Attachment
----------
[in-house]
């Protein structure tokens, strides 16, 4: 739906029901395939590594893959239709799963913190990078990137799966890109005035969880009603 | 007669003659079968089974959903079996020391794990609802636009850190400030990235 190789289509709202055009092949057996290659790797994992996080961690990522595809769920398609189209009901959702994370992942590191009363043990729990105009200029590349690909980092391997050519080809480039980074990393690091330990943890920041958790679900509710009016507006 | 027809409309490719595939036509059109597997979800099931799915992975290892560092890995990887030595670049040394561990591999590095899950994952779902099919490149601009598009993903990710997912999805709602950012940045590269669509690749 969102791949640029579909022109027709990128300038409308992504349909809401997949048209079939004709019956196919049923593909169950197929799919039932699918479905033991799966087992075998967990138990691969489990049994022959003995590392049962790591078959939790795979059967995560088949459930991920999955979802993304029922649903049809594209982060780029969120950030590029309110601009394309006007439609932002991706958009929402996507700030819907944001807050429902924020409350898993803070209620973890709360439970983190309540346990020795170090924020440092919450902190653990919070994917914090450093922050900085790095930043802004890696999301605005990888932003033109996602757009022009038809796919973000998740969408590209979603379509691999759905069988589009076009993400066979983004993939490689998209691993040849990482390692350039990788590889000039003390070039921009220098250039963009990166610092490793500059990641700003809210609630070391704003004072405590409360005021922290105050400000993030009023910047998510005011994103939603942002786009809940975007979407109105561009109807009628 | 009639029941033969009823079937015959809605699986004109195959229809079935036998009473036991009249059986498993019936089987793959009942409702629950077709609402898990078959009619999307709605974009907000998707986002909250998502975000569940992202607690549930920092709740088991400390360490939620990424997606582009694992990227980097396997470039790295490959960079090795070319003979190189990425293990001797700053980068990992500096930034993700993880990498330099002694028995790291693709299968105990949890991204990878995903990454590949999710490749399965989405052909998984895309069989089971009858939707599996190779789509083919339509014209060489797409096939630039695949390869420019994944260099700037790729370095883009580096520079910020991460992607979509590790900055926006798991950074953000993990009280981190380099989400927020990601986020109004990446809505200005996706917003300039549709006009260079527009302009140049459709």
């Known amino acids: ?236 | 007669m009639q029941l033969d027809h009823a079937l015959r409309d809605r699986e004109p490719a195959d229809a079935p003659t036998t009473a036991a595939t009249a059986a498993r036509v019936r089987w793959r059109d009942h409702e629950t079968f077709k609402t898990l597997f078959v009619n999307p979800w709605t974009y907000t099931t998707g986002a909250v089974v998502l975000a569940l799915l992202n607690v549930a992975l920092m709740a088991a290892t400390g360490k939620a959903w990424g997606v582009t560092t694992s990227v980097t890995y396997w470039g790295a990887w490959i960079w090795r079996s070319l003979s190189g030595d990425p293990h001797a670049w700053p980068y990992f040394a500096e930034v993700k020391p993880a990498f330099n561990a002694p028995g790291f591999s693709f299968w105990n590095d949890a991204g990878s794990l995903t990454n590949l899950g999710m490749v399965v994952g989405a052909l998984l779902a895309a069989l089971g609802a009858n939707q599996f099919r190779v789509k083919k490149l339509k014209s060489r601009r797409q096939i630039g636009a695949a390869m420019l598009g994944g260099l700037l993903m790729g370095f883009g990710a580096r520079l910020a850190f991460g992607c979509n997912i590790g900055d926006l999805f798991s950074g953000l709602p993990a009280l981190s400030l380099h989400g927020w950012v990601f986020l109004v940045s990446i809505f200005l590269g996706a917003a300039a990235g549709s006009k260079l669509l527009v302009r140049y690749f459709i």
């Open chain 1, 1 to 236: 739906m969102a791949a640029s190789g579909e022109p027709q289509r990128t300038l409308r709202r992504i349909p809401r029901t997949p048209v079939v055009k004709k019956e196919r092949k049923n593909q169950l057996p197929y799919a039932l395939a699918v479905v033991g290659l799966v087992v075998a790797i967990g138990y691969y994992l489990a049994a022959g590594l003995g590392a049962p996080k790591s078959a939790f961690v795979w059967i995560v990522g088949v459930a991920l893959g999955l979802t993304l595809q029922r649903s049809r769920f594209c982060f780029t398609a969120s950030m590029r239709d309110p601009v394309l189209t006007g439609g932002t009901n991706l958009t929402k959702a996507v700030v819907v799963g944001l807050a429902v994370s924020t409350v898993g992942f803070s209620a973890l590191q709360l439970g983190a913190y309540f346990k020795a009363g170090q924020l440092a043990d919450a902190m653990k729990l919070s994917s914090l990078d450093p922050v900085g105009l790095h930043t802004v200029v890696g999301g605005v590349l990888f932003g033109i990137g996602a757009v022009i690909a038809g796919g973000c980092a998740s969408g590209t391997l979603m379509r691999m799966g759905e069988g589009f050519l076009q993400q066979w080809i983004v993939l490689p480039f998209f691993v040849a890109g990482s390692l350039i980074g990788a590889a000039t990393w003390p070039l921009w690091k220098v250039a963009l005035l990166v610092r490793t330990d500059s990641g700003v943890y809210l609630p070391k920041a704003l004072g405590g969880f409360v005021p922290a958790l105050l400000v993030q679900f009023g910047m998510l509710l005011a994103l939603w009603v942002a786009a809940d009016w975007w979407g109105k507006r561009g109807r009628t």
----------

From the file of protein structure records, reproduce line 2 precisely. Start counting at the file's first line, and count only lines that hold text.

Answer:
């Protein structure tokens, strides 16, 4: 739906029901395939590594893959239709799963913190990078990137799966890109005035969880009603 | 007669003659079968089974959903079996020391794990609802636009850190400030990235 190789289509709202055009092949057996290659790797994992996080961690990522595809769920398609189209009901959702994370992942590191009363043990729990105009200029590349690909980092391997050519080809480039980074990393690091330990943890920041958790679900509710009016507006 | 027809409309490719595939036509059109597997979800099931799915992975290892560092890995990887030595670049040394561990591999590095899950994952779902099919490149601009598009993903990710997912999805709602950012940045590269669509690749 969102791949640029579909022109027709990128300038409308992504349909809401997949048209079939004709019956196919049923593909169950197929799919039932699918479905033991799966087992075998967990138990691969489990049994022959003995590392049962790591078959939790795979059967995560088949459930991920999955979802993304029922649903049809594209982060780029969120950030590029309110601009394309006007439609932002991706958009929402996507700030819907944001807050429902924020409350898993803070209620973890709360439970983190309540346990020795170090924020440092919450902190653990919070994917914090450093922050900085790095930043802004890696999301605005990888932003033109996602757009022009038809796919973000998740969408590209979603379509691999759905069988589009076009993400066979983004993939490689998209691993040849990482390692350039990788590889000039003390070039921009220098250039963009990166610092490793500059990641700003809210609630070391704003004072405590409360005021922290105050400000993030009023910047998510005011994103939603942002786009809940975007979407109105561009109807009628 | 009639029941033969009823079937015959809605699986004109195959229809079935036998009473036991009249059986498993019936089987793959009942409702629950077709609402898990078959009619999307709605974009907000998707986002909250998502975000569940992202607690549930920092709740088991400390360490939620990424997606582009694992990227980097396997470039790295490959960079090795070319003979190189990425293990001797700053980068990992500096930034993700993880990498330099002694028995790291693709299968105990949890991204990878995903990454590949999710490749399965989405052909998984895309069989089971009858939707599996190779789509083919339509014209060489797409096939630039695949390869420019994944260099700037790729370095883009580096520079910020991460992607979509590790900055926006798991950074953000993990009280981190380099989400927020990601986020109004990446809505200005996706917003300039549709006009260079527009302009140049459709």